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In what remains an ongoing search to recapture the magic that yielded a playoff berth last season, the New York Knicks are sharpening their focus on All-Star forward Julius Randle.

Randle, who scored 25 of his 31 points in the second half of the Knicks’ 105-96 loss to the Golden State Warriors on Tuesday, will lead New York into a road game against the Houston Rockets on Thursday.

The Knicks have dropped seven of eight games to fall into 12th place in the Eastern Conference, and they have yet to uncover any answers to their prolonged struggles.

Getting Randle back on track seems a solid place to start.

“When he’s aggressive like that, it makes us better,” Knicks coach Tom Thibodeau said of Randle and his second-half outburst. “I love to see when he’s attacking the rim. It puts a lot of pressure on people and it opens things up for us.”

Randle is on the same page as Thibodeau. And with the Knicks set to play six of their next nine games on the road, investing thought into unlocking Randle seems the first step toward righting what has been wrong so far.

For Randle, toeing the line between attacking and facilitating remains a delicate balance.

“When I’m myself, I naturally do those things,” he said. “When I’m hesitating and overthinking, when I’ve got an open shot and I don’t shoot it, I’m trying to play the right way and get other people going, it kind of takes me out of rhythm. It takes away from my aggressiveness.

“It’s crazy because that’s when I start to get the turnovers. But when I’m naturally aggressive and playing with force, everything kind of falls into place and I get into a rhythm.”

Randle has seen his scoring, rebounding and assist totals decline from last season, when he was named the NBA’s Most Improved Player.

As the centerpiece for what the Knicks strive for offensively, Randle understands the significance of his role. With Kevin Knox, RJ Barrett and Obi Toppin sidelined by health and safety protocols, the Knicks aren’t whole. But even when they have been, the results haven’t been up to snuff.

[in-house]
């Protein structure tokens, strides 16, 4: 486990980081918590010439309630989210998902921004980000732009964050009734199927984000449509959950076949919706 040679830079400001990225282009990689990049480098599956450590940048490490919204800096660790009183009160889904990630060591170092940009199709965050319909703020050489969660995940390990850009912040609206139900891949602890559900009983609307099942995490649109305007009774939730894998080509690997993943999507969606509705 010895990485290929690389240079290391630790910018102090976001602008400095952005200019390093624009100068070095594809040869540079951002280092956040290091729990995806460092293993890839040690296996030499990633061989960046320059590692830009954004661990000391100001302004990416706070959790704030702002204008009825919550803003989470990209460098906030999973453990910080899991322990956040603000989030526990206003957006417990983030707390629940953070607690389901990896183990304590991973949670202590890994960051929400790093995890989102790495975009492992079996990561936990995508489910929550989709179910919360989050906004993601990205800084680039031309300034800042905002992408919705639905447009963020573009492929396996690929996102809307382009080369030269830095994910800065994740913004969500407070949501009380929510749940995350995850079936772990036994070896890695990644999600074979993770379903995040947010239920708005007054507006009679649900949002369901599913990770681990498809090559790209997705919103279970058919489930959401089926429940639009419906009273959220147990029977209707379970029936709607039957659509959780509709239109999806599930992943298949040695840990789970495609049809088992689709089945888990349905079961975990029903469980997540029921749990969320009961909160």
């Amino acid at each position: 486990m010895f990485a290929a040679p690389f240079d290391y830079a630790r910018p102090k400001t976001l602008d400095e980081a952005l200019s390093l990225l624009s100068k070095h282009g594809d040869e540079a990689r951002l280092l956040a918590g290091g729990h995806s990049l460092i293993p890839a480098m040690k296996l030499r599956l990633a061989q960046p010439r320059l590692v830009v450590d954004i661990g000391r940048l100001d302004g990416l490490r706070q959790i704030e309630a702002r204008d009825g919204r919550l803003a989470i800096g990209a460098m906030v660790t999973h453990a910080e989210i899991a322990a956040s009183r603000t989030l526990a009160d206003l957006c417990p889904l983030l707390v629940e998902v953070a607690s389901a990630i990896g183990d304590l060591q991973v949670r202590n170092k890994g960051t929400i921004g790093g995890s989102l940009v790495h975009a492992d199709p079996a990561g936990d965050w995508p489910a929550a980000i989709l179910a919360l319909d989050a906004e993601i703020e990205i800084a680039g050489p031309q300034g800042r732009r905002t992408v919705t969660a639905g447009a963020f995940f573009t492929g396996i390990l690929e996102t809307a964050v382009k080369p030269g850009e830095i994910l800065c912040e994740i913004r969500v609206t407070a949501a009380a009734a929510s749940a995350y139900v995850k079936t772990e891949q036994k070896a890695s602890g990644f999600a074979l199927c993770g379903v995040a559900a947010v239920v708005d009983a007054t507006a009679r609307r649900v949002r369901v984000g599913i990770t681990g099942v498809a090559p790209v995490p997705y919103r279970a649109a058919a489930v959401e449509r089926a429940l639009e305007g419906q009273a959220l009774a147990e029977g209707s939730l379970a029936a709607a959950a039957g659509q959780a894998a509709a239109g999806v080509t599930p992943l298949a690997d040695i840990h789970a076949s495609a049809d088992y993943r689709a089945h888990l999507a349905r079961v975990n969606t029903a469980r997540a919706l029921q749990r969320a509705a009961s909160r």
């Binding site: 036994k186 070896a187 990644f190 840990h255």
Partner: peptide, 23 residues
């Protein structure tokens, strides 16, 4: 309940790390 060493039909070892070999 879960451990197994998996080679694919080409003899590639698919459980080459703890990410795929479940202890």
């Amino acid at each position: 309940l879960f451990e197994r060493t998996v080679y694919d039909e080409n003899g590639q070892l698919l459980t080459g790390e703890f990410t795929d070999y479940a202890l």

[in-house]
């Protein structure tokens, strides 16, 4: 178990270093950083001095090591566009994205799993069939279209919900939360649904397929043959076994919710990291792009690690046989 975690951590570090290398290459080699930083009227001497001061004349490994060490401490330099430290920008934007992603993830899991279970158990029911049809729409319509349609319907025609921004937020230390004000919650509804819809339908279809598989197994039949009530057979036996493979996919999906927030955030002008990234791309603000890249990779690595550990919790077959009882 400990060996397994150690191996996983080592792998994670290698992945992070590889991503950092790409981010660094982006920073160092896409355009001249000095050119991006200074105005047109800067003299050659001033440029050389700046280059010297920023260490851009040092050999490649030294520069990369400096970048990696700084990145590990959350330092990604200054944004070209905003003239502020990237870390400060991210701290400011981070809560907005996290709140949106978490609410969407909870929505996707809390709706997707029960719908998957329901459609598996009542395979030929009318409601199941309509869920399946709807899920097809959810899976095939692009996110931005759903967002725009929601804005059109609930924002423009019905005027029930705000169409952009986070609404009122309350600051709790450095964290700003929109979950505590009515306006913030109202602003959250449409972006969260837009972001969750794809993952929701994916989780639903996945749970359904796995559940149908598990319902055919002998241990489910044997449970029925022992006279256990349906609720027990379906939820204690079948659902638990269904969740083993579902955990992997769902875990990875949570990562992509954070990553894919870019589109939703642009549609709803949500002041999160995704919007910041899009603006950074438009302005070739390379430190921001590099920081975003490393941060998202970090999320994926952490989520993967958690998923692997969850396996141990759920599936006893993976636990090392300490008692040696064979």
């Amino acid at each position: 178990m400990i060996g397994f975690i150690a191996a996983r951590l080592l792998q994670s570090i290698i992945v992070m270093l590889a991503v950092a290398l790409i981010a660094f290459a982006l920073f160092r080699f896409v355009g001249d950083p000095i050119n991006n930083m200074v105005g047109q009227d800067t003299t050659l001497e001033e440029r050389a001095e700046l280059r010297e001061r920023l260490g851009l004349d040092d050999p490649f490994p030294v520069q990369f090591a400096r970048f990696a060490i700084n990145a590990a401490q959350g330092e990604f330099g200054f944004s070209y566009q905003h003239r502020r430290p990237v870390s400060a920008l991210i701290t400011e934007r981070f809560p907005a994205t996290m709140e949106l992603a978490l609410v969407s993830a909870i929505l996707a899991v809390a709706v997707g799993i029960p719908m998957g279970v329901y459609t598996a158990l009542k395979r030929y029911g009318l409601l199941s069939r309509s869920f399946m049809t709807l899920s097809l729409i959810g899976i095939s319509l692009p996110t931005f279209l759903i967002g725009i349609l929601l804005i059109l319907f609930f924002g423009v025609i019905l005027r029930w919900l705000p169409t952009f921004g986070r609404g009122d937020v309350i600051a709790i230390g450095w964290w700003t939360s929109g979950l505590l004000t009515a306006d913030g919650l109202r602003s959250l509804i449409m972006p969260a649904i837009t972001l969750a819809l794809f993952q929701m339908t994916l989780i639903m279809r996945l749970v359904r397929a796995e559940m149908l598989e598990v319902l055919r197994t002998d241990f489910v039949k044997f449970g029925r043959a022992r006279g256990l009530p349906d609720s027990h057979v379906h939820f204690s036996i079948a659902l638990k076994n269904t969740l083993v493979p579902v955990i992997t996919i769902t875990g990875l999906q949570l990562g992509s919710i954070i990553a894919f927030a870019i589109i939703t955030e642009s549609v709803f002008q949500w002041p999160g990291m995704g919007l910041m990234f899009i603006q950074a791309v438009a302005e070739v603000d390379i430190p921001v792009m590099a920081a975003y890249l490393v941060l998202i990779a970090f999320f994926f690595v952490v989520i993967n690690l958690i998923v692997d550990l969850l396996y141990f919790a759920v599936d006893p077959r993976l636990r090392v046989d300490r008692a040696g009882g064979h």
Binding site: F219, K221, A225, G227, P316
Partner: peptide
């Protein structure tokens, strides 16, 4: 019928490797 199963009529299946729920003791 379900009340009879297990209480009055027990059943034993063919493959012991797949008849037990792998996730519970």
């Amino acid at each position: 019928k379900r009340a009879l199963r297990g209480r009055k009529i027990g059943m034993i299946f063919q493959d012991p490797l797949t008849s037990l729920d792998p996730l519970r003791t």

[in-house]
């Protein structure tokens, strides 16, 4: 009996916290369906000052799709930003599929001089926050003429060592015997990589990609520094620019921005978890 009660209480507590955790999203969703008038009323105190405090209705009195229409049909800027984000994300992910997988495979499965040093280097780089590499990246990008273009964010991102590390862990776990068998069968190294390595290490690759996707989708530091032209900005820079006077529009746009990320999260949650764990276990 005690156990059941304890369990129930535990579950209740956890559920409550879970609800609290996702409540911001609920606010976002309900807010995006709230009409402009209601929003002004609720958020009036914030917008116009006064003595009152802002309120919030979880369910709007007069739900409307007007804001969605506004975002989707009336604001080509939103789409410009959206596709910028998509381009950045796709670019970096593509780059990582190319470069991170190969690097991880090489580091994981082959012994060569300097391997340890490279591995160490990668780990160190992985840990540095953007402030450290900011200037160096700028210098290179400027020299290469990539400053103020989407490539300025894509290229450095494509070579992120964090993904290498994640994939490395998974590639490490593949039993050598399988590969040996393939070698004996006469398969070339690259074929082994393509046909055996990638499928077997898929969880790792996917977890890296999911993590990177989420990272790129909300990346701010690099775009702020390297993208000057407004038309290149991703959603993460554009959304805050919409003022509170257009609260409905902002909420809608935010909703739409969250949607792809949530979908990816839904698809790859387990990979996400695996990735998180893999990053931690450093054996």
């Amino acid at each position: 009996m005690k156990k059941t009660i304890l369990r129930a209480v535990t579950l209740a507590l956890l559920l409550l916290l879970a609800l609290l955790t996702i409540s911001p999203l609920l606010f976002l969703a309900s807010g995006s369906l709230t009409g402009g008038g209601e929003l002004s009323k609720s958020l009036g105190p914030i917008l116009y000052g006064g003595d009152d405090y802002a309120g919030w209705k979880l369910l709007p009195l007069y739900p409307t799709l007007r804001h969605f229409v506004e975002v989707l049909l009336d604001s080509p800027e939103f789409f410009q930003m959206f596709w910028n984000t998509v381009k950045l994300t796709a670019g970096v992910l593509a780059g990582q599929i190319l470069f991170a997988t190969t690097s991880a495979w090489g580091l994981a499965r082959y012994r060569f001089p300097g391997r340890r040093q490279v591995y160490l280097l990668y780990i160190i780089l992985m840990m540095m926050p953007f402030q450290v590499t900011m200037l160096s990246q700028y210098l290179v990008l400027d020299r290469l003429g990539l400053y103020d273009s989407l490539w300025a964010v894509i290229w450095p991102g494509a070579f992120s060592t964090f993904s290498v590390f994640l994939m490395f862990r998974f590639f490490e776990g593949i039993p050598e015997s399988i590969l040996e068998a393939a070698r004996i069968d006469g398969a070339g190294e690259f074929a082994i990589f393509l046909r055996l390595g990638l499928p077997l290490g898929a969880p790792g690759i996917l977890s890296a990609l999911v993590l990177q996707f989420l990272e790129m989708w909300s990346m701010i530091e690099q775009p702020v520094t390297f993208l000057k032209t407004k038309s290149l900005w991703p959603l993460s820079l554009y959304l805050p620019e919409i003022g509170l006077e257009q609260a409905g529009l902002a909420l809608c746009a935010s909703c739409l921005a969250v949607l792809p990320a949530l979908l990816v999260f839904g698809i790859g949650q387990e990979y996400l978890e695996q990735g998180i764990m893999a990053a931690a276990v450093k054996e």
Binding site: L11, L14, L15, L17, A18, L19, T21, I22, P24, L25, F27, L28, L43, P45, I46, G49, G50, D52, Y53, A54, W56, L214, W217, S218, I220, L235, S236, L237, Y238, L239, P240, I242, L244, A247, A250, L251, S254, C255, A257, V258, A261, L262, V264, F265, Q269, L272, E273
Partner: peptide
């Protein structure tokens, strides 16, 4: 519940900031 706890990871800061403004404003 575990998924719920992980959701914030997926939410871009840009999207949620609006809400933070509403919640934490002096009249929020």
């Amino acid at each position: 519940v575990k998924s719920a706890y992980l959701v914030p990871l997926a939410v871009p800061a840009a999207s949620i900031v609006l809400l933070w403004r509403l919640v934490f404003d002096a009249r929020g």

“It’s a struggle,” Randle said. “We’re down a couple of guys and not playing great basketball. It’s tough, but this is what we all signed up for.

“We’re going to get it done. We’re going to figure it out, we’ve just got to take it a game at a time and get our confidence and our juice going.”

The Rockets might be lacking confidence now, too. Since winning seven consecutive games, Houston has dropped three of four during a grueling stretch of the schedule.

The Rockets lost both ends of a back-to-back last weekend against the Milwaukee Bucks and the Memphis Grizzlies before beating the Atlanta Hawks on Monday. The matchup with the Knicks will be the Rockets’ second back-to-back inside of a week, as Houston took a 124-89 road loss to the Cleveland Cavaliers on Wednesday.

The Rockets were without their top four scorers against the Cavaliers and looked the part, with Christian Wood (knee), Eric Gordon (groin), Jalen Green (hamstring) and Kevin Porter Jr. (thigh) all sidelined. In addition, Houston coach Stephen Silas left the bench in the first quarter following a bout of dehydration, and while he did not return, he appears set to return Thursday.

“He seems to be doing better,” Rockets forward Jae’Sean Tate said. “Well just go from there.”

Rookie Alperen Sengun came off the bench to lead Houston with a career-high 19 points plus 11 rebounds and five assists at Cleveland. Another rookie reserve, Josh Christopher, scored 17 points.

–Field Level Media